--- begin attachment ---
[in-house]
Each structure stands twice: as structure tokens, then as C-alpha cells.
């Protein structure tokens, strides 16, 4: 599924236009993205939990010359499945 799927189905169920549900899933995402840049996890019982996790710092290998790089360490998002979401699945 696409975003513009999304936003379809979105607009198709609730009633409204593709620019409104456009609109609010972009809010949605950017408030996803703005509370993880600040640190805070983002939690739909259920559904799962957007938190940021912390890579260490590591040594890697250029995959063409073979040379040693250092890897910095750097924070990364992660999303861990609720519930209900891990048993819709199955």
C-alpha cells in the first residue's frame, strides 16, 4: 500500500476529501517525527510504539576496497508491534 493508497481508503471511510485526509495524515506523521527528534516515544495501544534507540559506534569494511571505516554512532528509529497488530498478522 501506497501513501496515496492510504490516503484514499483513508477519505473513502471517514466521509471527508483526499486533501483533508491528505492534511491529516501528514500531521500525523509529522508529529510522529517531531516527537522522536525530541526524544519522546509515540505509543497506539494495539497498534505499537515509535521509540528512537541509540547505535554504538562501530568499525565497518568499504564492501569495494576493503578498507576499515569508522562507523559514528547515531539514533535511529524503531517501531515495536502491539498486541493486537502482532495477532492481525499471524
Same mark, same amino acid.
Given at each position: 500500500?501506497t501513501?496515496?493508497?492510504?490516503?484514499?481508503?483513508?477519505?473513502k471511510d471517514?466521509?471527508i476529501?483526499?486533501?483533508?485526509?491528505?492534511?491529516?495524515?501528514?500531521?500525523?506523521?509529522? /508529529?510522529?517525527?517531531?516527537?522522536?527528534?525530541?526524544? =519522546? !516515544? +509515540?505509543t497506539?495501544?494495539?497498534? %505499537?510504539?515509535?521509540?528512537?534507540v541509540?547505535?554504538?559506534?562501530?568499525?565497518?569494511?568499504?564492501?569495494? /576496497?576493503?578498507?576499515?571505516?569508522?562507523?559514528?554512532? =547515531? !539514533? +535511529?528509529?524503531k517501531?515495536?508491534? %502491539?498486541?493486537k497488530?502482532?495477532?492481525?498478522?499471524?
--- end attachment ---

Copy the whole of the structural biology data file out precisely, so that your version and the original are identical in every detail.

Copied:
[in-house]
Each structure stands twice: as structure tokens, then as C-alpha cells.
């Protein structure tokens, strides 16, 4: 599924236009993205939990010359499945 799927189905169920549900899933995402840049996890019982996790710092290998790089360490998002979401699945 696409975003513009999304936003379809979105607009198709609730009633409204593709620019409104456009609109609010972009809010949605950017408030996803703005509370993880600040640190805070983002939690739909259920559904799962957007938190940021912390890579260490590591040594890697250029995959063409073979040379040693250092890897910095750097924070990364992660999303861990609720519930209900891990048993819709199955």
C-alpha cells in the first residue's frame, strides 16, 4: 500500500476529501517525527510504539576496497508491534 493508497481508503471511510485526509495524515506523521527528534516515544495501544534507540559506534569494511571505516554512532528509529497488530498478522 501506497501513501496515496492510504490516503484514499483513508477519505473513502471517514466521509471527508483526499486533501483533508491528505492534511491529516501528514500531521500525523509529522508529529510522529517531531516527537522522536525530541526524544519522546509515540505509543497506539494495539497498534505499537515509535521509540528512537541509540547505535554504538562501530568499525565497518568499504564492501569495494576493503578498507576499515569508522562507523559514528547515531539514533535511529524503531517501531515495536502491539498486541493486537502482532495477532492481525499471524
Same mark, same amino acid.
Given at each position: 500500500?501506497t501513501?496515496?493508497?492510504?490516503?484514499?481508503?483513508?477519505?473513502k471511510d471517514?466521509?471527508i476529501?483526499?486533501?483533508?485526509?491528505?492534511?491529516?495524515?501528514?500531521?500525523?506523521?509529522? /508529529?510522529?517525527?517531531?516527537?522522536?527528534?525530541?526524544? =519522546? !516515544? +509515540?505509543t497506539?495501544?494495539?497498534? %505499537?510504539?515509535?521509540?528512537?534507540v541509540?547505535?554504538?559506534?562501530?568499525?565497518?569494511?568499504?564492501?569495494? /576496497?576493503?578498507?576499515?571505516?569508522?562507523?559514528?554512532? =547515531? !539514533? +535511529?528509529?524503531k517501531?515495536?508491534? %502491539?498486541?493486537k497488530?502482532?495477532?492481525?498478522?499471524?